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COVID-19 updates in Illinois: Here’s what happens Friday

Illinois reverted to tighter restrictions on the coronavirus on Friday, entering Level 3 mitigation levels designed to slow the spread of COVID-19.

These measures have shut down most businesses and public places designed to gather people, such as theaters, museums and concert halls, as well as banning indoor dining and closing bars except for outdoor service. The rules restrict gatherings at home to family members, and reduce legal capacity in retail stores, and personal care service companies such as salons and health and fitness centers.

The crackdown comes as the state continues to see an explosion in COVID-19 cases and a return to large numbers of deaths, close to the numbers seen in the spring.

Illinois health officials on Friday announced 13,012 new confirmed and probable cases of COVID-19 and 126 additional deaths, bringing the total number of known infections in Illinois to 634,395 and the statewide death toll to 11,304 since the start of the pandemic.

Here’s what happens on Friday with COVID-19 in the Chicago and Illinois area:

12:04 PM: 13,012 new confirmed and probable COVID-19 cases, 126 additional deaths

Illinois health officials on Friday announced 13,012 new confirmed and probable cases of COVID-19 and 126 additional deaths, bringing the total number of known infections in Illinois to 634,395 and the statewide death toll to 11,304 since the start of the pandemic. Officials also reported 116,024 new tests in the past 24 hours.

The statewide seven-day rotation positive rate for cases as a share of the total testing was 11.5% for the period ending Thursday, up from 8% on November 1.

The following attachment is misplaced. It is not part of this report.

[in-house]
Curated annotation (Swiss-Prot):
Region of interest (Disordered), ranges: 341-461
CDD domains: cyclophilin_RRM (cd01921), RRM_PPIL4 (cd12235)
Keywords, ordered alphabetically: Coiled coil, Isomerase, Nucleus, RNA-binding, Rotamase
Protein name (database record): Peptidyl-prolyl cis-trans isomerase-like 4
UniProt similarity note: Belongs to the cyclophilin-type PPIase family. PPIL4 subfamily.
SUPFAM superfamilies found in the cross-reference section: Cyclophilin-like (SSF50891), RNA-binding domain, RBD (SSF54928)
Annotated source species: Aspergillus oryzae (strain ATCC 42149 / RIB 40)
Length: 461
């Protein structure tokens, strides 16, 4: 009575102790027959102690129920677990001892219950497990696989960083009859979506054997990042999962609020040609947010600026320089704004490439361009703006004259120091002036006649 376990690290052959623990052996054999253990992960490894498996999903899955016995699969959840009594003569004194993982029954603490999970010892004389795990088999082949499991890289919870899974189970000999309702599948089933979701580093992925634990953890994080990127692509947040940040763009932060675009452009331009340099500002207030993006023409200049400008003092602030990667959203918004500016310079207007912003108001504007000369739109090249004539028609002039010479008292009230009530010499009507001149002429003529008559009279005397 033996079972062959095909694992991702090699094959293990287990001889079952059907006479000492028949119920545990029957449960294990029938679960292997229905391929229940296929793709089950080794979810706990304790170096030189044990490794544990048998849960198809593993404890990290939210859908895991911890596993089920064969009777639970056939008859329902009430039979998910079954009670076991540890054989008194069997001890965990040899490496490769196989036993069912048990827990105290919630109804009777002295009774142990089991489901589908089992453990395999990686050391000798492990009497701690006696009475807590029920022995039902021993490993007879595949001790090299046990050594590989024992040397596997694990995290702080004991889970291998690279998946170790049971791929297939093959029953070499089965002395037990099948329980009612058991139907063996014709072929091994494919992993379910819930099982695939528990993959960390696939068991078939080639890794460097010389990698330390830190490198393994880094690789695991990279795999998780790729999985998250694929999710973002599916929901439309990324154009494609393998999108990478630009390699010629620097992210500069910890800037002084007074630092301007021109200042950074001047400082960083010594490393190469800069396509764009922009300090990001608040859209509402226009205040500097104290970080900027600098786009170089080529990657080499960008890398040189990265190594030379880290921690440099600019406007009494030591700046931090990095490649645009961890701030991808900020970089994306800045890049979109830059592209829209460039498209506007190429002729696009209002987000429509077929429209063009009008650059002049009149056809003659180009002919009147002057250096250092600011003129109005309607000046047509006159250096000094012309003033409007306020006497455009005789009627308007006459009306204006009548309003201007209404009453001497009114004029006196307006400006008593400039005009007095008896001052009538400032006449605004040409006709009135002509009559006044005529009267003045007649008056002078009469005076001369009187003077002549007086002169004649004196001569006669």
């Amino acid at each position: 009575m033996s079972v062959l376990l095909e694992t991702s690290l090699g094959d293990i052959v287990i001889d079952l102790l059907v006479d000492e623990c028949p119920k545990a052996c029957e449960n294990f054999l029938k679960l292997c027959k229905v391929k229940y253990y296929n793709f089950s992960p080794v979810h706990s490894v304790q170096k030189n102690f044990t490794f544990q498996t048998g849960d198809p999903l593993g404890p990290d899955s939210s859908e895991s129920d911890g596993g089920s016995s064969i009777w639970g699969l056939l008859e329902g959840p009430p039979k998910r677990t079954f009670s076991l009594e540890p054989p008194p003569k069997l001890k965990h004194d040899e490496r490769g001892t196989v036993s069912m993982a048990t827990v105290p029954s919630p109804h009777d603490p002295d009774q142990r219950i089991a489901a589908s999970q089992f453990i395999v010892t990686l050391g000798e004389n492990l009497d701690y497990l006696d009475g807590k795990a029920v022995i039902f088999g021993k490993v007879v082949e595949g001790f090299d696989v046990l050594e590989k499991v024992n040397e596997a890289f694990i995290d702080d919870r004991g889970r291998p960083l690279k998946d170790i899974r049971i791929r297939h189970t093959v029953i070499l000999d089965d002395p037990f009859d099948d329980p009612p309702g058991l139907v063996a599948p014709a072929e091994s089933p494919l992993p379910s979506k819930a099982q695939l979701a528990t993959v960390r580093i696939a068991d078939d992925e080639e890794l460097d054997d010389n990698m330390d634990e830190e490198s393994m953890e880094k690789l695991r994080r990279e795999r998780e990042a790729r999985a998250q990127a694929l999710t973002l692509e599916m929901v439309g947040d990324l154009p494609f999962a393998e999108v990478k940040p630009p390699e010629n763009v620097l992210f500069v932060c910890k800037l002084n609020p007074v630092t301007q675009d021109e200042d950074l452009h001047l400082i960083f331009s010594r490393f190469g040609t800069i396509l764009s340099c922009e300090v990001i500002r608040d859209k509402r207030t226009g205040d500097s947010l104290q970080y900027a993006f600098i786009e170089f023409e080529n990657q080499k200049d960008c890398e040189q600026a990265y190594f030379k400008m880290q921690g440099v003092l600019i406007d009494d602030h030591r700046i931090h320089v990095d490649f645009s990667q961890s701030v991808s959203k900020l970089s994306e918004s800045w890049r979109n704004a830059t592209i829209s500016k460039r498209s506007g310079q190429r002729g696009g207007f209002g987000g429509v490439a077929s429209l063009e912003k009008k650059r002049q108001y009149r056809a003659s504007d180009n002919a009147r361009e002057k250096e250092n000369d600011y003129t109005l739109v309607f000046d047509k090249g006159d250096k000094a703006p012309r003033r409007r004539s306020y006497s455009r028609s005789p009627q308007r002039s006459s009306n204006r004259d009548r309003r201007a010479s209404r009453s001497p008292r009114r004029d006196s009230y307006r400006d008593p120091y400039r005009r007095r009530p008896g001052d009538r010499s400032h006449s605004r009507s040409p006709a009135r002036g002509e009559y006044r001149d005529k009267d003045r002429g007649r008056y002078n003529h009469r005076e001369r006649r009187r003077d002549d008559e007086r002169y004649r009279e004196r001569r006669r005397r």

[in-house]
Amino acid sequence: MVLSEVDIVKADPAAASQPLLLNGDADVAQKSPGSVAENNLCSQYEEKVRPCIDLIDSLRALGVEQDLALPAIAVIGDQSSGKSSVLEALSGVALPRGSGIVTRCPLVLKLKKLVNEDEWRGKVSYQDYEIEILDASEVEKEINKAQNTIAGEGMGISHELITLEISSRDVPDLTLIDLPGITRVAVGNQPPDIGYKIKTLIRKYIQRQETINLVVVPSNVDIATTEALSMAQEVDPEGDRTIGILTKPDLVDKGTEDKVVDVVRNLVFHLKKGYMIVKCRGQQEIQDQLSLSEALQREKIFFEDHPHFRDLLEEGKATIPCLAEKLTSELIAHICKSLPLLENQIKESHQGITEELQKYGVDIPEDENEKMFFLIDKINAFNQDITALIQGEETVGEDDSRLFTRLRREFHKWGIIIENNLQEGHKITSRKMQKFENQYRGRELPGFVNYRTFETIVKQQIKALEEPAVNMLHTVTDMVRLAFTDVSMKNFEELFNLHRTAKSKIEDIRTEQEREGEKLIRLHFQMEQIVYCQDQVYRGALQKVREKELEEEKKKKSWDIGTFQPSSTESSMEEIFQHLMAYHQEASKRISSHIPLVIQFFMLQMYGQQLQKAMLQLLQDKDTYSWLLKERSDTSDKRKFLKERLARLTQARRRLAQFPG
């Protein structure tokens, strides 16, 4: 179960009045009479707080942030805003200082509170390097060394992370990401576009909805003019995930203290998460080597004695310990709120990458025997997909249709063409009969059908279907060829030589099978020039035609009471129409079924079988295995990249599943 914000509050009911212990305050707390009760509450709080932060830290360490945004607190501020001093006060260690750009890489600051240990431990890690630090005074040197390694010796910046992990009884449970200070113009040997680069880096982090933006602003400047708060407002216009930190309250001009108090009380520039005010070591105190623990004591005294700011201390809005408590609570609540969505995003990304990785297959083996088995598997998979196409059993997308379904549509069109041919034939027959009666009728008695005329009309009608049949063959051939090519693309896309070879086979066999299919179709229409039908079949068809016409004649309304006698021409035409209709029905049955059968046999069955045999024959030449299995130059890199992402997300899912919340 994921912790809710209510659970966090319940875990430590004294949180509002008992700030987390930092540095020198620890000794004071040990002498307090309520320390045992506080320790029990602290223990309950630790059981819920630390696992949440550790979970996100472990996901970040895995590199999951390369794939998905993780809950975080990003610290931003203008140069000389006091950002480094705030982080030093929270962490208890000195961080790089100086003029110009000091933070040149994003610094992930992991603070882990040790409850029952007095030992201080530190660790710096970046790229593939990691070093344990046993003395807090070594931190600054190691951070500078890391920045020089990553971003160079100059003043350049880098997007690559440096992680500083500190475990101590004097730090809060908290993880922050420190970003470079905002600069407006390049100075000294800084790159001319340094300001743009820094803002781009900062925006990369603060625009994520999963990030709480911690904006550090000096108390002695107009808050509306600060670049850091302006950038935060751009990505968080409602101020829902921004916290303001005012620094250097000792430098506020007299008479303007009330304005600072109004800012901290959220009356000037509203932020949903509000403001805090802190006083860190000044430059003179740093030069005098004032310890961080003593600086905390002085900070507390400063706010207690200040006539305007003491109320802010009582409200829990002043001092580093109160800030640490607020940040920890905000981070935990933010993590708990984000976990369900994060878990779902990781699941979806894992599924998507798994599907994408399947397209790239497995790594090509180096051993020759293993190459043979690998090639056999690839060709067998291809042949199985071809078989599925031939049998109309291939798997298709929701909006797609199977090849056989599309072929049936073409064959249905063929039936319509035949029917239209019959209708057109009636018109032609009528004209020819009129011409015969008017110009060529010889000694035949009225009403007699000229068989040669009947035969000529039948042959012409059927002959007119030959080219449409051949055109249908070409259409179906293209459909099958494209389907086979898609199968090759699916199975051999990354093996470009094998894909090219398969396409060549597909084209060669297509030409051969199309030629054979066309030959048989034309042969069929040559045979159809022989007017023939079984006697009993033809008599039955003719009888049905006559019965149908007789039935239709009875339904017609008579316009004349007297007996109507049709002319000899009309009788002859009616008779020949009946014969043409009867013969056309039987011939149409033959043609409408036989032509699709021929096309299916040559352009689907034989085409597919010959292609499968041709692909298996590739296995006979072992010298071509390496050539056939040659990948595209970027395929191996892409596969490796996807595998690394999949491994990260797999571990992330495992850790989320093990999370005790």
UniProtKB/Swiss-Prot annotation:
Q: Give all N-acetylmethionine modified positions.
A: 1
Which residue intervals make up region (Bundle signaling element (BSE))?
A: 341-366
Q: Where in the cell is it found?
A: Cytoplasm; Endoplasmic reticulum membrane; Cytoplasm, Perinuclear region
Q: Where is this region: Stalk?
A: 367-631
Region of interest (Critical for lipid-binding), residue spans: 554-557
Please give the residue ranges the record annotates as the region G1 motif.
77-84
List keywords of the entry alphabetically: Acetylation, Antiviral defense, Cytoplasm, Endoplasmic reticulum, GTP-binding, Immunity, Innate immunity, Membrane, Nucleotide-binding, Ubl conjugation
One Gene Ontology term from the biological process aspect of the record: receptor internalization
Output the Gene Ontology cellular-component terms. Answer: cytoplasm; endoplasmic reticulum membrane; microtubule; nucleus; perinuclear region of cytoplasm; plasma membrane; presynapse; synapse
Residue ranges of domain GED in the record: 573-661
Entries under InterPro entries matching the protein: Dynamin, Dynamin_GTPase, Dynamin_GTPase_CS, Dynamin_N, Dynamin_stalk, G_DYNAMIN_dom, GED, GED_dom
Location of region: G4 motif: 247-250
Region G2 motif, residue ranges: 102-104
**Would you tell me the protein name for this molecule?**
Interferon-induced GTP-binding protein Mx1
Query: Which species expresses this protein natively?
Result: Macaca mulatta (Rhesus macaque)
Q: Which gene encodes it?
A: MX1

10:49 a.m .: Rising COVID-19 cases are forcing families into tough conversations, last-minute travel changes ahead of Thanksgiving

Irene Vickers didn’t want to be the only one who didn’t join her family on Thanksgiving at her brother’s Virginia home.

But once the Chicago stay-at-home consultation was announced, Vickers, 37, of Lakeview, Chicago, emailed her family and told them she was not making the trip. They were sad, but they did not try to change her mind.

No one mentioned the topic of Christmas.

“For me, it’s too far to talk about it.” “If it was still this way, it would be difficult,” she said.

10:12 a.m .: Mary Jane Cafe, much loved Humboldt Park restaurant, will close on Mondays

Although unfortunately we have to get used to restaurants closing in 2020, this is really painful. Advertising for Mary Jane’s (1001 N.

They clarified in the letter that they plan to stay open until Monday. They urge fans to “Come on and say hello, grab your last cheesy burger, see what CMJ classics are our specials, and make a deal on a range of wines.”

9:50 a.m .: CTA to operate holiday trains and buses, but passengers will not be able to board

The Public Transportation Agency announced Friday, that the CTA will run its trains and buses during the holidays, despite the Coronavirus epidemic, but only Santa, Jane and CTA workers, not regular riders, will be able to climb this year due to CTA danagers.

In a press release Friday, the agency said that the holiday train will start operating on November 27, the day after Thanksgiving. The holiday buses will begin running through Chicago neighborhoods on December 1.